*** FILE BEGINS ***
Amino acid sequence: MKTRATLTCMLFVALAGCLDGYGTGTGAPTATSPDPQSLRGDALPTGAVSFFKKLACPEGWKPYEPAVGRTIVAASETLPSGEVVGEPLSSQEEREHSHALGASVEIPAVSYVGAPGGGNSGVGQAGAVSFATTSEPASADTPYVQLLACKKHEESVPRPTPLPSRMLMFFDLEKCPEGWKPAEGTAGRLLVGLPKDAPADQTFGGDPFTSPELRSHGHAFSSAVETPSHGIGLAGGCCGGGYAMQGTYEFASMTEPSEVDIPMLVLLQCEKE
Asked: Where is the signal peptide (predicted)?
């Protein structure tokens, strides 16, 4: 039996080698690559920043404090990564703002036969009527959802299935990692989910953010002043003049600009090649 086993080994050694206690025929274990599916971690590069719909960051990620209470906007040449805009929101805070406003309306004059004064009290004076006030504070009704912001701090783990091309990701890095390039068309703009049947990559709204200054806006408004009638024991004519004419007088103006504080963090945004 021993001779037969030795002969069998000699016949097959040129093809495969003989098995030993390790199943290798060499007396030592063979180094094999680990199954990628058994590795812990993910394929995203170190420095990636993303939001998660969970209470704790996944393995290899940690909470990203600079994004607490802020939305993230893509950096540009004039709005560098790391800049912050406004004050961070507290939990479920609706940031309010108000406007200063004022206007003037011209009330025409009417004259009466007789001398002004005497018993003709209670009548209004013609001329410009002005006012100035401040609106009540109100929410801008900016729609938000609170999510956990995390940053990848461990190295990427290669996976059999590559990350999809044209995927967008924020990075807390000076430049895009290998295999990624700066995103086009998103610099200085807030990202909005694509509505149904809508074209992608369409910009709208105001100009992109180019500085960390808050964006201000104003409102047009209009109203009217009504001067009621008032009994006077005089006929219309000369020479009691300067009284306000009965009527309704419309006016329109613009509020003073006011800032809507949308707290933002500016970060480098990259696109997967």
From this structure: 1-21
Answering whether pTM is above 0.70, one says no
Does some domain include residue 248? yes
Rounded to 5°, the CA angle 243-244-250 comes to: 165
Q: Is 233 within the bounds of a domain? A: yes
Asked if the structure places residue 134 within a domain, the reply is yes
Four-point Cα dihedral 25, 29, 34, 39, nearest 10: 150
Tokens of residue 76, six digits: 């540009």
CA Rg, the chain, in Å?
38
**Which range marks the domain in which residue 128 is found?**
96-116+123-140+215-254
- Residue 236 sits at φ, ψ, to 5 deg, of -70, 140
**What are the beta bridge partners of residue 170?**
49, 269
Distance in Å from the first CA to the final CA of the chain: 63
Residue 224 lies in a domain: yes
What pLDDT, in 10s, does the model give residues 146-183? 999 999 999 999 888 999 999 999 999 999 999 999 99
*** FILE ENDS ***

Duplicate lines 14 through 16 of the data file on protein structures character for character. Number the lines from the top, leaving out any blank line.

**Which range marks the domain in which residue 128 is found?**
96-116+123-140+215-254
- Residue 236 sits at φ, ψ, to 5 deg, of -70, 140